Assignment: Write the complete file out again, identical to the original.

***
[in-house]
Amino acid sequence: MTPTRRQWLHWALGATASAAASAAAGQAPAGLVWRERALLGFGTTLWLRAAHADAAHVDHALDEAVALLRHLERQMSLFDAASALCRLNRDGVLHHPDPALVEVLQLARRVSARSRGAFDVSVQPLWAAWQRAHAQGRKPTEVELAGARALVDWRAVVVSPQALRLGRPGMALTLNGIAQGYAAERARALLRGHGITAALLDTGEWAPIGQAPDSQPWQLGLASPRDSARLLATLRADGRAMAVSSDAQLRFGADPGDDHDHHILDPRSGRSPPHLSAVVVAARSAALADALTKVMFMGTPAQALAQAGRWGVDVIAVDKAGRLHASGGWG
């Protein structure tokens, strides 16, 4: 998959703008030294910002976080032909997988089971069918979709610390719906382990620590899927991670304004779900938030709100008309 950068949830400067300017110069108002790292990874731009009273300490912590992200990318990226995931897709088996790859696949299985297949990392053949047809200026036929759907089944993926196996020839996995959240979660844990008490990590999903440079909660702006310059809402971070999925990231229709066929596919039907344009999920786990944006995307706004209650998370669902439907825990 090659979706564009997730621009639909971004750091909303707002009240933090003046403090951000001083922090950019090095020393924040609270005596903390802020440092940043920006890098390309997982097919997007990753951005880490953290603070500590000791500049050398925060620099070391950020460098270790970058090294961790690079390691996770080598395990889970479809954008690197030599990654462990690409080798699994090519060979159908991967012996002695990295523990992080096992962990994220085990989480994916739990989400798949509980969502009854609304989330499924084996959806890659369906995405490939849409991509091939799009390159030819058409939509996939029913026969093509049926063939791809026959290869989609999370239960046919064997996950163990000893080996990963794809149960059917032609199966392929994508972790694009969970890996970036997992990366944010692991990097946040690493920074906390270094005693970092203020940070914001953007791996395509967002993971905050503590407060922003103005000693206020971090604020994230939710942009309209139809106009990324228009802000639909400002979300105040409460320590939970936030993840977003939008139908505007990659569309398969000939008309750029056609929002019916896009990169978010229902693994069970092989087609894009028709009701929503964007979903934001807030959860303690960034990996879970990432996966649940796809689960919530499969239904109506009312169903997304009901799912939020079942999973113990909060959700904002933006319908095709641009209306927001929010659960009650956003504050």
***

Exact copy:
[in-house]
Amino acid sequence: MTPTRRQWLHWALGATASAAASAAAGQAPAGLVWRERALLGFGTTLWLRAAHADAAHVDHALDEAVALLRHLERQMSLFDAASALCRLNRDGVLHHPDPALVEVLQLARRVSARSRGAFDVSVQPLWAAWQRAHAQGRKPTEVELAGARALVDWRAVVVSPQALRLGRPGMALTLNGIAQGYAAERARALLRGHGITAALLDTGEWAPIGQAPDSQPWQLGLASPRDSARLLATLRADGRAMAVSSDAQLRFGADPGDDHDHHILDPRSGRSPPHLSAVVVAARSAALADALTKVMFMGTPAQALAQAGRWGVDVIAVDKAGRLHASGGWG
């Protein structure tokens, strides 16, 4: 998959703008030294910002976080032909997988089971069918979709610390719906382990620590899927991670304004779900938030709100008309 950068949830400067300017110069108002790292990874731009009273300490912590992200990318990226995931897709088996790859696949299985297949990392053949047809200026036929759907089944993926196996020839996995959240979660844990008490990590999903440079909660702006310059809402971070999925990231229709066929596919039907344009999920786990944006995307706004209650998370669902439907825990 090659979706564009997730621009639909971004750091909303707002009240933090003046403090951000001083922090950019090095020393924040609270005596903390802020440092940043920006890098390309997982097919997007990753951005880490953290603070500590000791500049050398925060620099070391950020460098270790970058090294961790690079390691996770080598395990889970479809954008690197030599990654462990690409080798699994090519060979159908991967012996002695990295523990992080096992962990994220085990989480994916739990989400798949509980969502009854609304989330499924084996959806890659369906995405490939849409991509091939799009390159030819058409939509996939029913026969093509049926063939791809026959290869989609999370239960046919064997996950163990000893080996990963794809149960059917032609199966392929994508972790694009969970890996970036997992990366944010692991990097946040690493920074906390270094005693970092203020940070914001953007791996395509967002993971905050503590407060922003103005000693206020971090604020994230939710942009309209139809106009990324228009802000639909400002979300105040409460320590939970936030993840977003939008139908505007990659569309398969000939008309750029056609929002019916896009990169978010229902693994069970092989087609894009028709009701929503964007979903934001807030959860303690960034990996879970990432996966649940796809689960919530499969239904109506009312169903997304009901799912939020079942999973113990909060959700904002933006319908095709641009209306927001929010659960009650956003504050």